Cyberstalking and cyberbullying pose dangerous threats to internet users, as in modern times we use the technology to connect, communicate and socialize. Cyberstalking is stalking or harassing that are carried out over the internet that might target individuals, groups, or even organizations and can take different forms including slander, defamation and threats. Cyberstalking involves a series of behaviours and actions over a period of time that is intended to intimidate, alarm, frighten, or harass the victim and/or the victim’s family, partner, and friends. Cyberstalking may take form in various ways, in the broadest sense, it is harassing or staking which takes place through online means such as social media, forums, email and so on. It is typically planned and sustained over a period of time.
Cases of cyberstalking can often begin as seeming interactions which may appear harmless to many persons. Sometimes, especially at the beginning, a few strange or perhaps unpleasant messages may even amuse you. However, if they become systematic, it becomes annoying and even frightening. Motives may be to control or intimidate the victim or to gather information for use in other crimes, like identity theft or offline stalking.
III. Cyberbullying vs. Cyberstalking
First and foremost, both the cyberbullying and cyberstalking are the same because both involve the following aspects, Threat to harm, Insults or degradation, Spreading rumours or defamation, Identity theft and Constant provocation. It’s not always easy to tell the difference between the both, except for serious cases of cyberstalking, when you “know it when you see it.” And the difference between “cyberbullying” and cyber-harassment is the age of both the victim and the perpetrator.
Cyberstalking is one of the serious forms of online harassment. In some cases, cyberstalking is much like cyberbullying, as it involves the sending of repeated annoying and unwelcome messages. But cyberstalking goes far beyond cyberbullying in terms of motivations and tactics. Cyberstalking involves a disturbed obsession with the target, and a perverse desire to control that target in some way. Cyberbullying is when a child, preteen or teen is tormented, threatened, harassed, humiliated, embarrassed or otherwise targeted by another child, preteen or teen using the Internet, interactive and digital technologies or mobile phones. It has to have a minor on both sides, or at least have been instigated by a minor against another minor. Once adults become involved, it is plain and simple cyber-harassment or cyberstalking. Adult cyber-harassment or cyberstalking is never a cyberbullying.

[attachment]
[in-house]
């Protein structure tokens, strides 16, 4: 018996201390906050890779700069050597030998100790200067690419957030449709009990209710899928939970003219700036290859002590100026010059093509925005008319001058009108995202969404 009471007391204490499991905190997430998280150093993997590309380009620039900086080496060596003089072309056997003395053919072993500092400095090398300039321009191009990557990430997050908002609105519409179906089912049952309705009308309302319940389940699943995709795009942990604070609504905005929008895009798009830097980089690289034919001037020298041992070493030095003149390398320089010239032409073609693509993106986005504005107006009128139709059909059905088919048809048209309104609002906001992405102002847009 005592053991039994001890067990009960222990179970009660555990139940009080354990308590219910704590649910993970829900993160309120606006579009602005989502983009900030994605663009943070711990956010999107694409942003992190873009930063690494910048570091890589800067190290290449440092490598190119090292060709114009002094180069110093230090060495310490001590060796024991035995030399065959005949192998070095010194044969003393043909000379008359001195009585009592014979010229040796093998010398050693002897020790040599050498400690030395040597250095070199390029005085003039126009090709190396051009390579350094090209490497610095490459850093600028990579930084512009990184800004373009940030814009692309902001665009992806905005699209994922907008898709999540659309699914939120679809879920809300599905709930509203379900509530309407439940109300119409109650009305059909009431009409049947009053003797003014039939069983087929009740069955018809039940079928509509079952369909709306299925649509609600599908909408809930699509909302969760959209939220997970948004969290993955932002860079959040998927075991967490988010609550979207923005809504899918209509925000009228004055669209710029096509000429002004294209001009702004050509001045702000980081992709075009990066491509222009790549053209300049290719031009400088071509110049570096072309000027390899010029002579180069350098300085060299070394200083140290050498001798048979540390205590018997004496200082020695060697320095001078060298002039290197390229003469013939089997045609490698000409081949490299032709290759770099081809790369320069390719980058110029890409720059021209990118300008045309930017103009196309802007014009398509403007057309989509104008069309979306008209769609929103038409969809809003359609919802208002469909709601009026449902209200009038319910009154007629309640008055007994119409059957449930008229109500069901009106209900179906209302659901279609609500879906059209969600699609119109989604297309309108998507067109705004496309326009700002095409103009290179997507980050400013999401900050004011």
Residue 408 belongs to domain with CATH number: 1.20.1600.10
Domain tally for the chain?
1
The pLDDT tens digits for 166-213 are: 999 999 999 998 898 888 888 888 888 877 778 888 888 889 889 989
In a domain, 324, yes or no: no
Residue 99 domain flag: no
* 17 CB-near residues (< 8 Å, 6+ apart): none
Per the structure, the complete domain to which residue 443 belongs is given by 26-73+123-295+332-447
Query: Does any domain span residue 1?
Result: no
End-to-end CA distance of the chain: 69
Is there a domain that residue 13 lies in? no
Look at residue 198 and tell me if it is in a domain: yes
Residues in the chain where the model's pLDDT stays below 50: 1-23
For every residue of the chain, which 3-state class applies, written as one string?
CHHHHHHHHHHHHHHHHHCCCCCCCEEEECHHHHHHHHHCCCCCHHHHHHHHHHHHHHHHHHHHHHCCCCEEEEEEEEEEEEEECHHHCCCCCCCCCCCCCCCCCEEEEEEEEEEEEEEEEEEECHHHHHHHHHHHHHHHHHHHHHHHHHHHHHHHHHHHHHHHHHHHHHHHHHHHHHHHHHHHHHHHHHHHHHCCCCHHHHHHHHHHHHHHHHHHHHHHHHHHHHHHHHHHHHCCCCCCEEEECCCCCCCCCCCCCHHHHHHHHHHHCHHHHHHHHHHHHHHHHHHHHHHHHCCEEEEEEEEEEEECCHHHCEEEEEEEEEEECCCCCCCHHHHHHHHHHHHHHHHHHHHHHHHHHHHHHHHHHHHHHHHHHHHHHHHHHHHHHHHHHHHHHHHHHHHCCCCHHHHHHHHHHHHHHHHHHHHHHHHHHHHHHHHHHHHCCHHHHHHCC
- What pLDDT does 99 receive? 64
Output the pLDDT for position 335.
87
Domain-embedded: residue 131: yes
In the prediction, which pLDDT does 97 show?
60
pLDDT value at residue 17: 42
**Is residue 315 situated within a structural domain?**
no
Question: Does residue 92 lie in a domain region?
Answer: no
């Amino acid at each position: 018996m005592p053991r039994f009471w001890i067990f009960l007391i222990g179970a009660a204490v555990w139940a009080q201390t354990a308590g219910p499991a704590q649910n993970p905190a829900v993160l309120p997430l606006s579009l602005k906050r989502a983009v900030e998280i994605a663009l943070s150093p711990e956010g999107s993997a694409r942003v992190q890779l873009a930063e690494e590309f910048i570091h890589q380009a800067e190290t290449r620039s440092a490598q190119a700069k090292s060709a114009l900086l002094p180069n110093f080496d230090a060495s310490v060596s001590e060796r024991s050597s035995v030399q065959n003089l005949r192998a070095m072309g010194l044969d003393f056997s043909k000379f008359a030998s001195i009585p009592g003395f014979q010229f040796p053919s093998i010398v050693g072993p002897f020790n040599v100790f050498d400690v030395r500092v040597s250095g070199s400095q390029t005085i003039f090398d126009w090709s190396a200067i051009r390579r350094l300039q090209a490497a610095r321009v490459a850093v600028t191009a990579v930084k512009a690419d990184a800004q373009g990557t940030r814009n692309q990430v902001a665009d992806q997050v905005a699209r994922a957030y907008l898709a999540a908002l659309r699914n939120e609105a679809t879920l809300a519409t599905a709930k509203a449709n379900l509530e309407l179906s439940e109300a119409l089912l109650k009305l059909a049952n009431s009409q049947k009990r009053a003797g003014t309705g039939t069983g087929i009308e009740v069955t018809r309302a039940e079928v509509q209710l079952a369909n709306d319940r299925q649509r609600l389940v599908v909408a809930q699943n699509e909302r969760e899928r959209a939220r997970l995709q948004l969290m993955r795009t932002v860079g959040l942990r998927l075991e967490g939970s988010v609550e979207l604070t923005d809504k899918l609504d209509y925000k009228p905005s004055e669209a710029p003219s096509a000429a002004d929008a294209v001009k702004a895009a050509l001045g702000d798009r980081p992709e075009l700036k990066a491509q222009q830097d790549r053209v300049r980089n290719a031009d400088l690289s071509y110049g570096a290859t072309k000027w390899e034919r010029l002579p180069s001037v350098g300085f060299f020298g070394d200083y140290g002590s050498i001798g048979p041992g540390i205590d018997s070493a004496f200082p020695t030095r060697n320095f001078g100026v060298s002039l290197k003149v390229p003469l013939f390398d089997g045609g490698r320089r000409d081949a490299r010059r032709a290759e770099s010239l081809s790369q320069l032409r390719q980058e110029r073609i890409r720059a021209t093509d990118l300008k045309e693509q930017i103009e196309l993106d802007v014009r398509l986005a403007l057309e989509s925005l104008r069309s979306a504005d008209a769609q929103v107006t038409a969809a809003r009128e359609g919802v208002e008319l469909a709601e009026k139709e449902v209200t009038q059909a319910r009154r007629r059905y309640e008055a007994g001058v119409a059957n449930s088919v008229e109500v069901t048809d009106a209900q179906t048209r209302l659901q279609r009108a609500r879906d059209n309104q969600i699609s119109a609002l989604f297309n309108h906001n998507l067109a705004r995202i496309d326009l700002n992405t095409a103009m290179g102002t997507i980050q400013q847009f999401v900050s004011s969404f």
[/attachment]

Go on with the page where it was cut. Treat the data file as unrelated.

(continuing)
IV. Cyberbullying in India
Cyberbullying is one of the major issues, which has shown up in reason years in India due to increasing of availability of data services and presence in social media. The main victim to these bullying cases is the student community. One of the sensational incidents which had occurred in recent years was the suicide of an MBBS Student in Kerala as she was provoked by the inappropriate comments in her Facebook post by one of her collegemates. Also, another incident which is to be mentioned here is the cyberbullying which occurred to the political campaign in online platform started by a student of Lady Shri Ram College.